At the time, Courtney Paris was the Seattle Storm’s biggest addition of the offseason. Natasha Howard proved to be the more impactful free-agent signing, but Paris delivered exactly what Seattle needed in her first season.
Courtney Paris By the Numbers
- 2.1 PPG
- 3.9 RPG
- 0.3 BPG
- .533 FG%
- 13.0 ORB%
- 29.2 DRB%
- 21.4 TRB%
- 97.3 ORtg
- 93.6 DRtg
- 1.4 WS
Cleaning the Glass
The Storm signed Paris to address what was one of their biggest issues in 2017. Seattle ranked 11th in total rebounds, averaging 31.0 boards per game. The team was also last in offensive rebounding rate (20.8 percent), 10th in defensive rebounding rate (71.1 percent) and 11th in total rebounding rate (47.5 percent).
Fortunately, one of the WNBA’s greatest rebounders was sitting right there on the open market.
“Courtney brings a presence inside that we have been eager to add to the roster,” general manager Alisha Valavanis said in the Storm’s press release confirming Paris’ signing.Her ability to rebound the basketball is a great strength.”
Entering 2018, Paris was averaging just under 6.1 rebounds per game. That doesn’t seem impressive but didn’t speak to how effective she was on the boards. Her 20.2 percent total rebounding rate was second-best in league history.
Despite being 30 and coming off an injury-riddled 2017 campaign, Paris continued to be her usual self. She collected 13.3 rebounds per 36 minutes and had a 21.4 percent rebounding rate, according to Basketball Reference. Both of those figures were highest on the team. In addition, only Sylvia Fowles averaged more rebounds per 40 minutes (14.9) than Paris (14.8), per WNBA.com.
Not coincidentally, the Storm made huge improvements on the glass. They climbed to fifth in rebounds (35.4 per game), and the advanced metrics were slightly more favorable. Seattle was seventh in OREB% (25.0), fourth in DREB% (75.2) and fourth in TRB% (51.0).
Occasionally, an offseason move looks good on paper but turns out horribly when the season begins. In Paris’ case, she was everything the Storm could’ve hoped for and more.
Minimal Role, Maximum Impact
Here’s the most succinct way to summarize the totality Paris’ contributions. She was ninth on the team in minutes played (360) yet sixth in win shares (1.4).
Last July, FanSided’s Miles Wray called Paris a No-Stats All-Star:
Paris is a nine-year veteran in the league and in her first as the backup center for the Seattle Storm. The first numbers one might look at are uninspiring: 11.2 minutes and 2.2 points per game on the year. This has been a trend in Paris’ career, as she’s only been a regular starter in three of those nine seasons. Still, a bit of digging into the stats and, more crucially, watching Paris operate on the Storm, and it’s clear that Paris is in the same position that Battier was in before 2009. Not only is she a No-Stats All-Star, but nobody even realizes it yet.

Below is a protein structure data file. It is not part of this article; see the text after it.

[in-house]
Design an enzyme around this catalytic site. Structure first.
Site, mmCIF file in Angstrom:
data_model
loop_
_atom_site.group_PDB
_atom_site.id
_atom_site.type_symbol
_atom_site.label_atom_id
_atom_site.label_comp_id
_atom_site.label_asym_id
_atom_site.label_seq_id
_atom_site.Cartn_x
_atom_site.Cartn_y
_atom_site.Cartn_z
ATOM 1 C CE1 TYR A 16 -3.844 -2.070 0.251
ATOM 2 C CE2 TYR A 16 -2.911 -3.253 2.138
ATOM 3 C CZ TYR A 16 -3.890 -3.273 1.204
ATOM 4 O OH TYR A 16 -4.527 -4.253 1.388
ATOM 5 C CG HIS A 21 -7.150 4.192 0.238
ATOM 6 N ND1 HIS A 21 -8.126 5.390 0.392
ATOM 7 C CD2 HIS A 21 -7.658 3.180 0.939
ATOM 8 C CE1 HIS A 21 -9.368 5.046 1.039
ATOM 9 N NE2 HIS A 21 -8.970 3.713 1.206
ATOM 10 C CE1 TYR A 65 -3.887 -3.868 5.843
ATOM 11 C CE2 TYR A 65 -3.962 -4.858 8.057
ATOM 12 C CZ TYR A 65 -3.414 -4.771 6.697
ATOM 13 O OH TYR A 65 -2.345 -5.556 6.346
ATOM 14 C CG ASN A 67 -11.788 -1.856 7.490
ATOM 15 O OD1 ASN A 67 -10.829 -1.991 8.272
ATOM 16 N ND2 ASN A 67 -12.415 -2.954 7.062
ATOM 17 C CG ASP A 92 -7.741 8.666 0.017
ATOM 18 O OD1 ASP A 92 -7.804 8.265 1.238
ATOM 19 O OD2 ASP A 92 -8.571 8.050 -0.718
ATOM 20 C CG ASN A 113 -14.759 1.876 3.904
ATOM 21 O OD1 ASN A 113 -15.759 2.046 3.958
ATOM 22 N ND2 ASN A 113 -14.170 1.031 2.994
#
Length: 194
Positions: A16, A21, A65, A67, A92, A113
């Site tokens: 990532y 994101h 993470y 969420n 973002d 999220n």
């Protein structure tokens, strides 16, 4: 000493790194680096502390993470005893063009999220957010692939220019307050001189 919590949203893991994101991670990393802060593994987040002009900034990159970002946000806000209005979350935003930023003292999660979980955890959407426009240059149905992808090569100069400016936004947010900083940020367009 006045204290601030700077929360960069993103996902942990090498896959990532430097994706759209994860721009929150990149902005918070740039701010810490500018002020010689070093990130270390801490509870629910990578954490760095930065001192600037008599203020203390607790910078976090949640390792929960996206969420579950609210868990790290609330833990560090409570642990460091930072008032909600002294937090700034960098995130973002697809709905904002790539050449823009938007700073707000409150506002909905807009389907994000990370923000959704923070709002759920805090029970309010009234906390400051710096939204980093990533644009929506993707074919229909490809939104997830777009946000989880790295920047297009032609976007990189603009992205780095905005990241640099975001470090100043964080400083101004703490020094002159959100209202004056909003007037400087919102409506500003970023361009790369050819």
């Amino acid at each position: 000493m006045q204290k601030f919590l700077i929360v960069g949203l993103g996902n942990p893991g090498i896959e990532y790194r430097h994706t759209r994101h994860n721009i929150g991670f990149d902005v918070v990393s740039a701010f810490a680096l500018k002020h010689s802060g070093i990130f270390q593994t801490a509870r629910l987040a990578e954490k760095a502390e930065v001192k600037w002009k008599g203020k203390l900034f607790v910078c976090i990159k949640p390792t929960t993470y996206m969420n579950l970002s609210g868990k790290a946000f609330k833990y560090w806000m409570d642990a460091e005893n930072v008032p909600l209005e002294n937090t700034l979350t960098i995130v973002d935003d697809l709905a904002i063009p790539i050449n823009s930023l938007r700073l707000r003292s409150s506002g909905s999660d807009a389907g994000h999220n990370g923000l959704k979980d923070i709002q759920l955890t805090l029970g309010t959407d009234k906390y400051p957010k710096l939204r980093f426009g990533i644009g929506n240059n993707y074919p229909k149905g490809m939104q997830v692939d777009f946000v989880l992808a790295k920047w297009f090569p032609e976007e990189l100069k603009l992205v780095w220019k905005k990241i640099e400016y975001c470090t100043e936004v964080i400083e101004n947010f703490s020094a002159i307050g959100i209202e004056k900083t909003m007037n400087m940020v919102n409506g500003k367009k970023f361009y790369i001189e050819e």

In addition to her otherworldly 13.3 rebounds, Paris averaged 7.3 points, 2.2 assists, 0.8 steals and 0.9 blocks. Not only did she excel at cleaning the glass but also offered a little bit of everything else. To put a different spin on the old cliche, she was a jack of all trades and a master of one.
In his piece, Wray posited Paris would be a massive luxury for Seattle in the postseason as a way to counteract any one of the WNBA’s numerous elite post players during a playoff series. His logic was sound, but reality proved to be the complete opposite.
Paris played a total of 15 minutes over four games in the playoffs. Dan Hughes basically utilized an eight-woman rotation against the Phoenix Mercury and Washington Mystics. That left Paris, Kaleena Mosqueda-Lewis, Mercedes Russell and Noelle Quinn on the outside looking in.
With regard to Paris specifically, Hughes clearly valued the athleticism and floor-spacing Howard and Breanna Stewart provided over trying to neutralize Griner with a more traditional center. And against the WNBA Finals, Mike Thibault couldn’t hide an injured Elena Delle Donne on defense against Paris.
It’s hard to argue with the results of Hughes’ approach.
Paris made Hughes’ job easier with her willingness to be a nonentity during the most important games of the season. She didn’t play more than four minutes in any of the five semifinal games, and she had six total minutes in the Finals, all of which came in Seattle’s Game 1 win.
This was a player into her ninth season and a regular starter for the Dallas Wings before her knee injury. Along the same lines, Hughes had the guts to move the fifth-highest-paid player out of the rotation. Paris in that sense mirrored Crystal Langhorne, who moved to the bench to accommodate Howard after the season-opener and then averaged just over 10 minutes in the Storm’s eight playoff games.
Stewart, Howard, Jewell Loyd and Sue Bird deservedly get the most credit for Seattle’s championship run. But Paris helped turn what were two of the team’s biggest weaknesses—depth and rebounding—into clear strengths in the regular season. Then she accepted her demotion in the postseason to allow the Storm to maximize their matchup advantages.
The Storm have little reason to change Paris’ usage much in 2019. She might actually see a slightly lesser role, depending on how highly Hughes and Valavanis value Mercedes Russell and what they do with their first-round draft pick.